In aged mice, new B-cell development is diminished and the antibody repertoire becomes more autoreactive. Our studies suggest that (i) apoptosis contributes to reduced B lymphopoiesis in old age and preferentially eliminates those B-cell precursors with higher levels of the surrogate light chain (SLC) proteins (λ5/VpreB) and (ii) λ5(low) B-cell precursors generate new B cells which show increased reactivity to the self-antigen/bacterial antigen phosphorylcholine (PC). Pro-B cells in old bone marrow as well as pro-B cells from young adult λ5-deficient mice are resistant to cytokine-induced apoptosis (TNFα; TGFβ), indicating that low λ5 expression in pro-B cells is sufficient to cause increased survival. Transfer of TNFα-producing 'age-associated B cells' (ABC; CD21/35(-) CD23(-)) or follicular (FO) B cells from aged mice into RAG-2 KO recipients led to preferential loss of λ5(high) pro-B cells, but retention of λ5(low), apoptosis-resistant pro-B cells. In old mice, there is increased reactivity to PC in both immature bone marrow B cells and mature splenic FO B cells. In young mice, absence of λ5 expression led to a similar increase in PC reactivity among bone marrow and splenic B cells. We propose that in old age, increased apoptosis, mediated in part by TNFα-producing B cells, results in preferential loss of SLC(high) pro-B cells within the bone marrow. Further B-cell development then occurs via an 'SLC(low)' pathway that not only impairs B-cell generation, but promotes autoreactivity within the naïve antibody repertoires in the bone marrow and periphery.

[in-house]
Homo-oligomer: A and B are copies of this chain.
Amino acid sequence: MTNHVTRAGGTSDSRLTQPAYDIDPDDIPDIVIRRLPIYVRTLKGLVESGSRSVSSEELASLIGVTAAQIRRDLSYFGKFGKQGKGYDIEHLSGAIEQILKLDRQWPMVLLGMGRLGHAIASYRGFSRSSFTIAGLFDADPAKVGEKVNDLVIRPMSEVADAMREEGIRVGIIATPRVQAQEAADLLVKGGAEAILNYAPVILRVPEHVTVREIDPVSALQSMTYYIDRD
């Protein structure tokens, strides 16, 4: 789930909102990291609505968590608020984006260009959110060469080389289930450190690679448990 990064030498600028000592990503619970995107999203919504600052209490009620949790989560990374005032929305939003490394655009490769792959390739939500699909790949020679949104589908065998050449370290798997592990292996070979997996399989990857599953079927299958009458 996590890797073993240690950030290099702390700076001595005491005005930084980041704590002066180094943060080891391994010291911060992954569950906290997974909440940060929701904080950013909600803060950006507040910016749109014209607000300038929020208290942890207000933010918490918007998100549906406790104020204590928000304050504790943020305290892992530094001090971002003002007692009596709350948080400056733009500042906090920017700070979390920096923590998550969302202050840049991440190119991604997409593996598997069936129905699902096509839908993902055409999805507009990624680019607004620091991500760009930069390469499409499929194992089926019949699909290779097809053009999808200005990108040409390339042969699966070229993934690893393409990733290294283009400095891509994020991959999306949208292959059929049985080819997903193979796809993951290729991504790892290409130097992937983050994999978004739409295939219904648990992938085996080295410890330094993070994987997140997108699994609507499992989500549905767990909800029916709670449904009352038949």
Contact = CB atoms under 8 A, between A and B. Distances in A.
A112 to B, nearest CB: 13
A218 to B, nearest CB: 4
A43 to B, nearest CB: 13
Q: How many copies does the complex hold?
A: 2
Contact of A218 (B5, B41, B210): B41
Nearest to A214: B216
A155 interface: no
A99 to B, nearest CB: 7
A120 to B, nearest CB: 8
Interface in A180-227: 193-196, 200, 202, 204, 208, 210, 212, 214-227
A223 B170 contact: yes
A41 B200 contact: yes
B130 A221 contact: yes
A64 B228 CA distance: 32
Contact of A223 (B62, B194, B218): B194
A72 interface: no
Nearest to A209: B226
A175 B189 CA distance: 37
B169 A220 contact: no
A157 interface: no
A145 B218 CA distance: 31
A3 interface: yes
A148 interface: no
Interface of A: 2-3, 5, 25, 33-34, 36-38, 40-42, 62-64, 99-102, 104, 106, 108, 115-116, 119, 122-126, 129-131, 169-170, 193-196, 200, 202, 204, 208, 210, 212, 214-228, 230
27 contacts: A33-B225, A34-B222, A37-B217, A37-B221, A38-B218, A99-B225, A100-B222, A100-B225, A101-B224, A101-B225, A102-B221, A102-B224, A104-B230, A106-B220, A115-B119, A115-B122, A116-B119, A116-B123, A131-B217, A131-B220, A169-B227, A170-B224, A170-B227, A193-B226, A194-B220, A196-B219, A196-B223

© 2015 The Authors. Aging Cell published by the Anatomical Society and John Wiley & Sons Ltd.
LIM domain only-2 (LMO2) overexpression in T cells induces leukemia but the molecular mechanism remains to be elucidated. In hematopoietic stem and progenitor cells, Lmo2 is part of a protein complex comprised of class II basic helix loop helix proteins, Tal1and Lyl1. The latter transcription factors heterodimerize with E2A proteins like E47 and Heb to bind E boxes. LMO2 and TAL1 or LYL1 cooperate to induce T-ALL in mouse models, and are concordantly expressed in human T-ALL. Furthermore, LMO2 cooperates with the loss of E2A suggesting that LMO2 functions by creating a deficiency of E2A. In this study, we tested this hypothesis in Lmo2-induced T-ALL cell lines. We transduced these lines with an E47/estrogen receptor fusion construct that could be forced to homodimerize with 4-hydroxytamoxifen. We discovered that forced homodimerization induced growth arrest in 2 of the 4 lines tested. The lines sensitive to E47 homodimerization accumulated in G1 and had reduced S phase entry. We analyzed the transcriptome of a resistant and a sensitive line to discern the E47 targets responsible for the cellular effects. Our results suggest that E47 has diverse effects in T-ALL but that functional deficiency of E47 is not a universal feature of Lmo2-induced T-ALL.
Copyright © 2014 Elsevier Ltd. All rights reserved.
BACKGROUND - Acute kidney injury (AKI) remains a deadly condition. Tissue inhibitor of metalloproteinases (TIMP)-2 and insulin-like growth factor binding protein (IGFBP)7 are two recently discovered urinary biomarkers for AKI. We now report on the development, and diagnostic accuracy of two clinical cutoffs for a test using these markers.